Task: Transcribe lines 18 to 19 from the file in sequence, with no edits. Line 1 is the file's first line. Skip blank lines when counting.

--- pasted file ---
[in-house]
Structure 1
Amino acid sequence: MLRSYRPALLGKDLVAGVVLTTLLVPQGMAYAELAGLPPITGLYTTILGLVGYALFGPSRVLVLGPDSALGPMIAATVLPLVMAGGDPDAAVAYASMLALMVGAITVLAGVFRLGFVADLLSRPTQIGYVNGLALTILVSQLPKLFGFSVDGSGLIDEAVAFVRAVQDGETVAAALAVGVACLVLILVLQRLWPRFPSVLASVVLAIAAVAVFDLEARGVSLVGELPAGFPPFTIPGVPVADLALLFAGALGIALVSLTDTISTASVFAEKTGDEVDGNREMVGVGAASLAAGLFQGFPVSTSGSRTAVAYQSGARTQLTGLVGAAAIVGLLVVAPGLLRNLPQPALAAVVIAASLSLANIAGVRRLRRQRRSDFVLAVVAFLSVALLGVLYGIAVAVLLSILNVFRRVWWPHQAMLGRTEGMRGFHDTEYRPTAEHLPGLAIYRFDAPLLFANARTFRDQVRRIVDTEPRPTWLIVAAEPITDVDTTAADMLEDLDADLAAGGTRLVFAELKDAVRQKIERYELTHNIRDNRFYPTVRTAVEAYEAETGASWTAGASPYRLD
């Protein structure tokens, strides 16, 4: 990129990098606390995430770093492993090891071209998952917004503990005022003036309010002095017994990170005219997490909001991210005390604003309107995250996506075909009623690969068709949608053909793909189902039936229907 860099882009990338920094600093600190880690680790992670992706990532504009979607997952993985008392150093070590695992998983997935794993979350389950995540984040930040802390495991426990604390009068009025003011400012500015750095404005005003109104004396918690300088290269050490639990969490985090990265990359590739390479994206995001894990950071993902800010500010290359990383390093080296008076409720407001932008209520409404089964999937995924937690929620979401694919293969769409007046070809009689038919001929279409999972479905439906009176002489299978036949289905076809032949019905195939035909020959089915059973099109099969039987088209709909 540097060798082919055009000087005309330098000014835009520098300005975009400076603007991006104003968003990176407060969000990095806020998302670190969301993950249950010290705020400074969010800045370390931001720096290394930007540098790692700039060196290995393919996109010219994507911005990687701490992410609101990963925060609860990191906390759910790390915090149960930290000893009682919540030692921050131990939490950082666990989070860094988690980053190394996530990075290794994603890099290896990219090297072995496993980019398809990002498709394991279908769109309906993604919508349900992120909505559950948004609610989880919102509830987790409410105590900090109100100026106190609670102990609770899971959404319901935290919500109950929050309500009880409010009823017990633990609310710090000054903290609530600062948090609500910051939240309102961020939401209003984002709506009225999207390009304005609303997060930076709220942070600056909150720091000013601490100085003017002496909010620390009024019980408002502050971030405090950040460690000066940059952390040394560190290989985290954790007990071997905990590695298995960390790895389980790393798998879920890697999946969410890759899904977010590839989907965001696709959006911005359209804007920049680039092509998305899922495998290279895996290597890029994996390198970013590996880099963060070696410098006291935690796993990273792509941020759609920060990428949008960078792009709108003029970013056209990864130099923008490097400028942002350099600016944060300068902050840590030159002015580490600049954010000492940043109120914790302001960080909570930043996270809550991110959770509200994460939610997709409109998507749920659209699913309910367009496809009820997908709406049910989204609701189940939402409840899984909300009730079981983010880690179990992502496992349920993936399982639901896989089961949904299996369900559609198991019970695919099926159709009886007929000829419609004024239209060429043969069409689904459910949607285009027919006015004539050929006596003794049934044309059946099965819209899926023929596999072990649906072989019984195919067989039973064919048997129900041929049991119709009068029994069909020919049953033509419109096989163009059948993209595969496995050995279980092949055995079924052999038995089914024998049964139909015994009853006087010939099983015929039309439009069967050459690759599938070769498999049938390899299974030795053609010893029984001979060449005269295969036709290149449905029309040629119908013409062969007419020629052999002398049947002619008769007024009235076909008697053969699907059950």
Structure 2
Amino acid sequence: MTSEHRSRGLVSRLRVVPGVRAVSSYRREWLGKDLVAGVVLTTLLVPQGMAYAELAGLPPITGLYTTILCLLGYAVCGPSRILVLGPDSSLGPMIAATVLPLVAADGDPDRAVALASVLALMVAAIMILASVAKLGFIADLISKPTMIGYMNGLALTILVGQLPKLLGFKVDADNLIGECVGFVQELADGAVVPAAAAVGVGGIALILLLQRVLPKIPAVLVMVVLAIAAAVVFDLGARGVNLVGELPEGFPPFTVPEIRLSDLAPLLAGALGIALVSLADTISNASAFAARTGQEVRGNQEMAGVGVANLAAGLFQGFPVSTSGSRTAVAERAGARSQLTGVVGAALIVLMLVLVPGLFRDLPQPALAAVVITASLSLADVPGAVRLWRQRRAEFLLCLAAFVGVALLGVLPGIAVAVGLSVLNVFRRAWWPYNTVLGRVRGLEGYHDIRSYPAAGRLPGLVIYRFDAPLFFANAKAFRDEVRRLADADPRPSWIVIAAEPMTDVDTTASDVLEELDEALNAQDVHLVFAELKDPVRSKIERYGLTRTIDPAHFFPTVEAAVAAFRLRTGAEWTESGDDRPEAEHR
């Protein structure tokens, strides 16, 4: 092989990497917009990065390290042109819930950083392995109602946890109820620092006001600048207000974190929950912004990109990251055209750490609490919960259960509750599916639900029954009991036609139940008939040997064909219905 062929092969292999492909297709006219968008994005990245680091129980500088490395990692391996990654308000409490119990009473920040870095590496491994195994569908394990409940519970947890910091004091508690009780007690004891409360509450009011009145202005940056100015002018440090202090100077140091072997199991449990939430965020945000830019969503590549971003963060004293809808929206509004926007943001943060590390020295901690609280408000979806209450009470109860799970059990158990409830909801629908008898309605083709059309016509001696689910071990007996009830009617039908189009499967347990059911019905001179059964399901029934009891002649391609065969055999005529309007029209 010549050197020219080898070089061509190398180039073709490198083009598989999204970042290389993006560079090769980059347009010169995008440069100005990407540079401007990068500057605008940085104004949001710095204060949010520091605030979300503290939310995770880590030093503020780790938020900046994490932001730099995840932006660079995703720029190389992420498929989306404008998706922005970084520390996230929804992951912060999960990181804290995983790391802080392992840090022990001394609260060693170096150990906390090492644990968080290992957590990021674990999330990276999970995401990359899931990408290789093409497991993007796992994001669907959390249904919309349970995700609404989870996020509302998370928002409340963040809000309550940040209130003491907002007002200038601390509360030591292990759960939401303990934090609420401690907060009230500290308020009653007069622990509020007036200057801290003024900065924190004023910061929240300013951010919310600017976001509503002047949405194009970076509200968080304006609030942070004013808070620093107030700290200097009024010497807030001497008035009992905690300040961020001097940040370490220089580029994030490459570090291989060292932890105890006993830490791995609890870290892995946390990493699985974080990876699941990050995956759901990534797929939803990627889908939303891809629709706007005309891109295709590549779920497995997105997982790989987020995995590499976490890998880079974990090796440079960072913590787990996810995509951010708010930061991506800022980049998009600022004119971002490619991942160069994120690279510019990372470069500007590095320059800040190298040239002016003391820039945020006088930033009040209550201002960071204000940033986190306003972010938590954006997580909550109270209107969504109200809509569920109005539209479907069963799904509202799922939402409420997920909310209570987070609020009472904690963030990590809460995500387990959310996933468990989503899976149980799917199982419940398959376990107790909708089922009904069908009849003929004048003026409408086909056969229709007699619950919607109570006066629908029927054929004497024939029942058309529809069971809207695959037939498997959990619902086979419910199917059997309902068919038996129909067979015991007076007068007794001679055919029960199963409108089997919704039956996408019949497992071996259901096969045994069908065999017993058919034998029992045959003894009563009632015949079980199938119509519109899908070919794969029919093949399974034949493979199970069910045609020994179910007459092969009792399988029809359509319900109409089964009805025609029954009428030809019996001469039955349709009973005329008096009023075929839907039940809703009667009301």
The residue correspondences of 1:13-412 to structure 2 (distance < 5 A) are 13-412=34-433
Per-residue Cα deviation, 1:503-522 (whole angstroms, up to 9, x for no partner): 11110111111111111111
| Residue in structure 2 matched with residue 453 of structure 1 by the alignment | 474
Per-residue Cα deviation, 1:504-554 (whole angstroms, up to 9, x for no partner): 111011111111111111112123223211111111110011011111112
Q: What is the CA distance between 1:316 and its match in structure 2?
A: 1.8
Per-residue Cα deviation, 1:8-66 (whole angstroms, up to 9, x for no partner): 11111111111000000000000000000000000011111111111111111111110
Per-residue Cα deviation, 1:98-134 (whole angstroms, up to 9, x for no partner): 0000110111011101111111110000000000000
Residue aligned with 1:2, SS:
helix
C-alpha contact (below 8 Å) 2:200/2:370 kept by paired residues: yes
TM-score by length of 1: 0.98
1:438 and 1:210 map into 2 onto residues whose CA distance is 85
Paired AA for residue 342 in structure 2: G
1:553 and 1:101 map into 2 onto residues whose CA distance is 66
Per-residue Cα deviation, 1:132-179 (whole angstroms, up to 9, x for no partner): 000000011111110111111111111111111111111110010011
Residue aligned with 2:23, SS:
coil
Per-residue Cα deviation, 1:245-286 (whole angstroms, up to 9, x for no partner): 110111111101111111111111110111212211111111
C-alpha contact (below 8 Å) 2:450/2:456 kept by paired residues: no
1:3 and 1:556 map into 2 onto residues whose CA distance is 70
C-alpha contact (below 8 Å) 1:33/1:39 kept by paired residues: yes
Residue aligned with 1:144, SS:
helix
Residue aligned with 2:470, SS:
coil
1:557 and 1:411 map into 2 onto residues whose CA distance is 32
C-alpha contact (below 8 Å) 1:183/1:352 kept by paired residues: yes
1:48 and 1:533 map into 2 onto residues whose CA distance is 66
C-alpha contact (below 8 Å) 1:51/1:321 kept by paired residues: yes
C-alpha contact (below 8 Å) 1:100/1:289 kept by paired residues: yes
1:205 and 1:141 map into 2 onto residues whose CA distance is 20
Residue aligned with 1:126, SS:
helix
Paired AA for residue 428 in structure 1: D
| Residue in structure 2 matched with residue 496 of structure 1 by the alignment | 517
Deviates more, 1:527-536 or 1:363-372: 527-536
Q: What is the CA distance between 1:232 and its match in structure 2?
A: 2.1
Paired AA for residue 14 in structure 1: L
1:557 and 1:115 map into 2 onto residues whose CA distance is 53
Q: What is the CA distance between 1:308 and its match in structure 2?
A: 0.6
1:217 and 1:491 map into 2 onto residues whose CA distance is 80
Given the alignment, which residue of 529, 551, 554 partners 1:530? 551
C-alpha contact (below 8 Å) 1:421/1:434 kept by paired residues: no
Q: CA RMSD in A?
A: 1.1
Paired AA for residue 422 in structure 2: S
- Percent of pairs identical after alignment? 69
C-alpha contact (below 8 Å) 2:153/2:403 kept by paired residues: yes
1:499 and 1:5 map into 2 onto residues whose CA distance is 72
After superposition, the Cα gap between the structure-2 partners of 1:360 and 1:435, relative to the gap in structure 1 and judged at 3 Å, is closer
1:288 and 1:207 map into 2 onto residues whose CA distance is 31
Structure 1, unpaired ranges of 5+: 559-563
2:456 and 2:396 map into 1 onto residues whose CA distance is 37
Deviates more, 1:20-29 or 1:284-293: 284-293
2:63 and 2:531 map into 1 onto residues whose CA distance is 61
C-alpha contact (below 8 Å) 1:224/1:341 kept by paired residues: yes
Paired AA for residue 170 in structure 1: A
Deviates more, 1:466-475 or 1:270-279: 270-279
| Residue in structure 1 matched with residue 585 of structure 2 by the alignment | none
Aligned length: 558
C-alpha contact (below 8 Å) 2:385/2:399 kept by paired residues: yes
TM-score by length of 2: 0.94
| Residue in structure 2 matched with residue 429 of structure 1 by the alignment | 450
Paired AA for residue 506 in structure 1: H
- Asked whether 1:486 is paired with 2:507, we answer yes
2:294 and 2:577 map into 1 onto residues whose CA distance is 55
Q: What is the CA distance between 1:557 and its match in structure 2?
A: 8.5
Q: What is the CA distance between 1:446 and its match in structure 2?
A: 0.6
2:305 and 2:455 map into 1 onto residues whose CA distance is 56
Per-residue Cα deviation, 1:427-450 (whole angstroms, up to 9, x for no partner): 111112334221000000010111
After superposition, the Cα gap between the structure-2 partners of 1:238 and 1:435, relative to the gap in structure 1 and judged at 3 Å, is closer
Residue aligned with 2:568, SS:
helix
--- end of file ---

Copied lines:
C-alpha contact (below 8 Å) 2:200/2:370 kept by paired residues: yes
TM-score by length of 1: 0.98